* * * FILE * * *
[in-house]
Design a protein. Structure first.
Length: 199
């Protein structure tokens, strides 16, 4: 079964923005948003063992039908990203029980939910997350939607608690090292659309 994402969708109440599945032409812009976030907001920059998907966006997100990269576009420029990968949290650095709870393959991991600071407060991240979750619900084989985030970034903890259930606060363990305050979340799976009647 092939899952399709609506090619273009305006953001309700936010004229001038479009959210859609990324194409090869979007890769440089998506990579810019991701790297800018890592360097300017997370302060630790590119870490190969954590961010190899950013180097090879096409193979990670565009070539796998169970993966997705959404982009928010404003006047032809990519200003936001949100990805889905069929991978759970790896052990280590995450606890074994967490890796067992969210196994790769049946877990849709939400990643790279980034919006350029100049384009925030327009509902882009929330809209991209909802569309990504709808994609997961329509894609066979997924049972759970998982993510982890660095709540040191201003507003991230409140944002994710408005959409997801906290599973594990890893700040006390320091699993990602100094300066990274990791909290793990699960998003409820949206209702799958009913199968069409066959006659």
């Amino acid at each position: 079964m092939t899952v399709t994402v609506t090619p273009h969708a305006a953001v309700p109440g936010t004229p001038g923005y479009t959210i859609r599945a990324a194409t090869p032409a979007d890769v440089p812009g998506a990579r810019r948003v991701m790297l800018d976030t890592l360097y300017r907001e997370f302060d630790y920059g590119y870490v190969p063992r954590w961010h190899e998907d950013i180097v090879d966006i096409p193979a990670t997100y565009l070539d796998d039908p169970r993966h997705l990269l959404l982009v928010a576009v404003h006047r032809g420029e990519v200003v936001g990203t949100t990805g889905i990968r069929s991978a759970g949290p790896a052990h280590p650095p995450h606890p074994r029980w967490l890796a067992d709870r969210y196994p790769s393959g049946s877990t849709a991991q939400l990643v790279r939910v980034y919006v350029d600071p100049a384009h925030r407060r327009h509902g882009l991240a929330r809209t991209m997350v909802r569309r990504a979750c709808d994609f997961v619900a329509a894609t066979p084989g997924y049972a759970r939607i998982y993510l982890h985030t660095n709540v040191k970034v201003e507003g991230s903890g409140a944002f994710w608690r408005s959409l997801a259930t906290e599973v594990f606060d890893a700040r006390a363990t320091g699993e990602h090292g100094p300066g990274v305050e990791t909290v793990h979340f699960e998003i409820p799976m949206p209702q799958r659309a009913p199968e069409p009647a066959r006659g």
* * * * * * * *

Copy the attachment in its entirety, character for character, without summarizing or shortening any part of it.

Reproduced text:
[in-house]
Design a protein. Structure first.
Length: 199
């Protein structure tokens, strides 16, 4: 079964923005948003063992039908990203029980939910997350939607608690090292659309 994402969708109440599945032409812009976030907001920059998907966006997100990269576009420029990968949290650095709870393959991991600071407060991240979750619900084989985030970034903890259930606060363990305050979340799976009647 092939899952399709609506090619273009305006953001309700936010004229001038479009959210859609990324194409090869979007890769440089998506990579810019991701790297800018890592360097300017997370302060630790590119870490190969954590961010190899950013180097090879096409193979990670565009070539796998169970993966997705959404982009928010404003006047032809990519200003936001949100990805889905069929991978759970790896052990280590995450606890074994967490890796067992969210196994790769049946877990849709939400990643790279980034919006350029100049384009925030327009509902882009929330809209991209909802569309990504709808994609997961329509894609066979997924049972759970998982993510982890660095709540040191201003507003991230409140944002994710408005959409997801906290599973594990890893700040006390320091699993990602100094300066990274990791909290793990699960998003409820949206209702799958009913199968069409066959006659």
């Amino acid at each position: 079964m092939t899952v399709t994402v609506t090619p273009h969708a305006a953001v309700p109440g936010t004229p001038g923005y479009t959210i859609r599945a990324a194409t090869p032409a979007d890769v440089p812009g998506a990579r810019r948003v991701m790297l800018d976030t890592l360097y300017r907001e997370f302060d630790y920059g590119y870490v190969p063992r954590w961010h190899e998907d950013i180097v090879d966006i096409p193979a990670t997100y565009l070539d796998d039908p169970r993966h997705l990269l959404l982009v928010a576009v404003h006047r032809g420029e990519v200003v936001g990203t949100t990805g889905i990968r069929s991978a759970g949290p790896a052990h280590p650095p995450h606890p074994r029980w967490l890796a067992d709870r969210y196994p790769s393959g049946s877990t849709a991991q939400l990643v790279r939910v980034y919006v350029d600071p100049a384009h925030r407060r327009h509902g882009l991240a929330r809209t991209m997350v909802r569309r990504a979750c709808d994609f997961v619900a329509a894609t066979p084989g997924y049972a759970r939607i998982y993510l982890h985030t660095n709540v040191k970034v201003e507003g991230s903890g409140a944002f994710w608690r408005s959409l997801a259930t906290e599973v594990f606060d890893a700040r006390a363990t320091g699993e990602h090292g100094p300066g990274v305050e990791t909290v793990h979340f699960e998003i409820p799976m949206p209702q799958r659309a009913p199968e069409p009647a066959r006659g």